When it comes to fighting obesity which is about having less fat – we need our muscle.  Muscles need calories; Muscles shape and define our bodies; Muscles move our bodies and keep us balanced and coordinated.   Be aware that many weight loss plans are detrimental to our muscles, our bones, our metabolism and our health.  If we take care of our muscles we can become fat-burning machines as a normal course of business; we will have stronger bones; we will have a good framework for our bodies that will improve our functional strength, balance and coordination.  And yes –look pretty darn FABulous.

Maintain a nutritious diet that keeps you thriving, don’t lead a sedentary lifestyle and have strength training in your life – Do it for the Health of It.

Stay Healthy. Be STRONG. Get After It.

Avoid the Hump

That hump that you see on the upper back that is often called a dowager’s hump. A dowager’s hump is a severe rounding of the upper back. In older women, it is a sign of advanced osteoporosis; the result of compression fractures of weakened vertebrae. These fractures can be painful, although in many cases there are no symptoms other than abnormal posture. This change is not a “growth”; it is an alteration in the shape of the spine due to weakened, damaged bone.

So how can you avoid the hump?  By implementing osteoporosis prevention and bone density improvement measures via nutrition and weight bearing and resistance based exercise.

What are the Risk Factors?

  • Genetics– Women are more at risk, but anyone of thin build and of Northern European or Asian descent is at higher risk. Studies of mothers and daughters have shown that heredity plays a role in bone density. Men are not immune to osteoporosis. Bone loss is more gradual in men, but once they reach age 70 their risk for osteoporosis increases significantly.
  • Menopause– After menopause, the rate of loss of bone density and muscle increases.
  • Poor intake of calcium– Calcium intake in the diet plays a vital role in bone mineralization during the growth years and is essential to depositing an abundant supply of calcium into the bones as we continue to age.  In general, women over 50 need 1200 mg of dietary calcium; men up to age 70 need 1000 mg., then 1200 mg after age 70.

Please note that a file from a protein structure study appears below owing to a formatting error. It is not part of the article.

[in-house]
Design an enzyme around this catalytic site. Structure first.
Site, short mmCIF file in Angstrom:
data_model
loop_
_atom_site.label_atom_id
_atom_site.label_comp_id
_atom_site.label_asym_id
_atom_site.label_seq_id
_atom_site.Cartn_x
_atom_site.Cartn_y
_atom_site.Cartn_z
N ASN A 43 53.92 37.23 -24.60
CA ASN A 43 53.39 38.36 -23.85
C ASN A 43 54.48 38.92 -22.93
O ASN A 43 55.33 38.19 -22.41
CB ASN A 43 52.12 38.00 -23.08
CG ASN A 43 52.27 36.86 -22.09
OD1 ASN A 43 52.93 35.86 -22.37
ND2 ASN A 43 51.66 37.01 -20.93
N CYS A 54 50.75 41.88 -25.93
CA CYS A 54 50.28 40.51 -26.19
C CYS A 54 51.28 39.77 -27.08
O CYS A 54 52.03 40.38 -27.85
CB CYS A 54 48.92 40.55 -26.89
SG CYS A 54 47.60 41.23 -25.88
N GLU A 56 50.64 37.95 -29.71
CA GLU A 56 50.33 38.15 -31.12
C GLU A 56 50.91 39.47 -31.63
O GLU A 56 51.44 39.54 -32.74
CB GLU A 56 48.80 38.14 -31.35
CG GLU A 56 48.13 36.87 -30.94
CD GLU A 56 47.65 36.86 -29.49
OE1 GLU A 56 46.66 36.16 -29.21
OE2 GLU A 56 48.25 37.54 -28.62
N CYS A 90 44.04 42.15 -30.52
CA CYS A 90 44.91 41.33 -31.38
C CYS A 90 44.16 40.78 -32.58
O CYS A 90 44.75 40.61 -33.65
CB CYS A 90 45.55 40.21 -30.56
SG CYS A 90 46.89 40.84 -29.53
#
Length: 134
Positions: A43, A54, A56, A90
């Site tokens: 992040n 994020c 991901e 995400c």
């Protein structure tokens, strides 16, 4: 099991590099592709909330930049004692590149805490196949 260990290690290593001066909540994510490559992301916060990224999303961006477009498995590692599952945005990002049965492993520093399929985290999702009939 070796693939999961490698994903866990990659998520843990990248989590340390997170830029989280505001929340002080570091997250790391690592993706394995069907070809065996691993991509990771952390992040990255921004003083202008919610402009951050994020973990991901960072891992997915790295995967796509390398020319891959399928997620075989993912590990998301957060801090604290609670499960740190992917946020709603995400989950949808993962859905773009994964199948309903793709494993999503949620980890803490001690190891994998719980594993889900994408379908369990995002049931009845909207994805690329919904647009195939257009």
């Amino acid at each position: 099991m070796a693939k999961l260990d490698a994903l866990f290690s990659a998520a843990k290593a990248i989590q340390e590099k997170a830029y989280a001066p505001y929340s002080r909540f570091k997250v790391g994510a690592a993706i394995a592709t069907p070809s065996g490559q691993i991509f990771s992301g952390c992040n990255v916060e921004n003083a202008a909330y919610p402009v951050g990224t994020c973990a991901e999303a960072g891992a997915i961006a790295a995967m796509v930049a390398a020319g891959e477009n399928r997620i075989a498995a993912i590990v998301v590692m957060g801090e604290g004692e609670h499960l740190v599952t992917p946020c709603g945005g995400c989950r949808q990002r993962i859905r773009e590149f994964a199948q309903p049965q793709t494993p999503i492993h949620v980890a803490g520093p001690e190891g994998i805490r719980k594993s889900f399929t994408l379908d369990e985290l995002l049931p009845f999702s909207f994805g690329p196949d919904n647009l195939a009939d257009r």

• Lack of Vitamin D– Vitamin D plays a pivotal role in allowing the body to absorb calcium. Many people do not produce enough vitamin D or get enough from food. Vitamin D deficiency can be a problem for older adults and those who are homebound or bed-ridden.
  • Inactivity–A sedentary lifestyle promotes bone loss as well as muscle loss. Conversely, muscle use promotes the building of bone. Regular physical activity strengthens both muscles and bones, slows down bone loss and decreases the risk of injury from falls.
  • Smoking– The relationship between bone loss and smoking has been confirmed by numerous studies.

What Can You Do?

  • Eat more Calcium-rich foods
    • Dairy Products such as milk, cheese, yogurt (low sugar Greek & Icelandic yogurt will also provide additional protein)
    • Dark Leafy Greens
      • Collard greens; Kale; Spinach; Turnip & Mustard greens; Broccoli Rabe; Beet Greens; Bok Choy; Swiss Chard
    • Beans
      • White Beans & Black-eyed peas are the richest sources
    • Other Foods Rich in Calcium
      • Okra; Sun-dried tomatoes; Broccoli; Canned salmon & sardines (eat the bones); almonds; dried figs; oranges; tangerines; kiwi; rhubarb; dried apricots; dates; prunes; kumquats; mulberries; seaweed; sesame seeds; black-strap molasses. Calcium-Fortified orange juice.
  • Make sure you get enough Vitamin D
    • Vitamin D enhances calcium absorption and supports bone health. As we age, we lose the ability to synthesize Vitamin D. In addition to eating more Vitamin D rich foods, ask your doctor to routinely screen your Vitamin D levels.
      • Oily Fish is rich in Vitamin D & Omega3 fatty acids. Trout, salmon, tuna, sardines, mackerel, halibut, swordfish
      • Portabella mushrooms
      • Beef liver
      • Hard boiled eggs (the D is in the yolks)
      • Cod-Liver Oil
  • Eat Magnesium-rich foods every day
    • Magnesium enhances calcium absorption and supports bone health. Most adults are deficient in magnesium.
      • Spinach; Almonds; Pumpkin seeds; Avocado; Dark Chocolate (60% cacao or higher); Black beans; Banana; Lentils; Goat cheese; Broccoli. Cashews
  • In general, eat plenty of vegetables and fruit
    • Potassium, magnesium, vitamin C and beta carotene (found in fruits and vegetables) have been associated with higher total bone mass.
  • Be less Sedentary
    • Aim to be a mover, not a sitter. Turn off the TV and get up and do something! TV is a tremendous contributor to a sedentary lifestyle. Volunteer your time to a non-profit organization.  Get outside and take a walk. Go visit a friend and go to the grocery store and walk the aisles.  For more ideas on how you can develop of habit of Moving More and Sitting Less (even if you don’t leave the house) visit:  Quitting the Sitting @ www. QuittingTheSitting.org
  • Engage in Weight Bearing activities
    • Walking, Dancing, Weight Training, Bodyweight Isometric Exercises

Aim for 30 – 60 minutes; you can do it all at once, or in increments of 10 minutes throughout the day; start where you can and then build up to a consistent 30-60 minutes daily.

Practice Good Posture.  Stand and Sit up straight. Back straight; head neutral and shoulders back.   Don’t slump when you sit. Develop the habit of walking, standing and sitting with good, erect posture.   An exercise to practice daily:  Stand up straight, shoulders back. Shrug your shoulders up then bring your elbows back to bring your shoulder blades together.  I call that the Shrug-Stretch.  Practice it in front of a mirror so you can see how it is working.  It feels good, it works the upper back muscles and helps keep your scapulas (shoulders blades) in good shape and that contributes to better posture.

 

Stay Healthy. Be STRONG.  Get After It!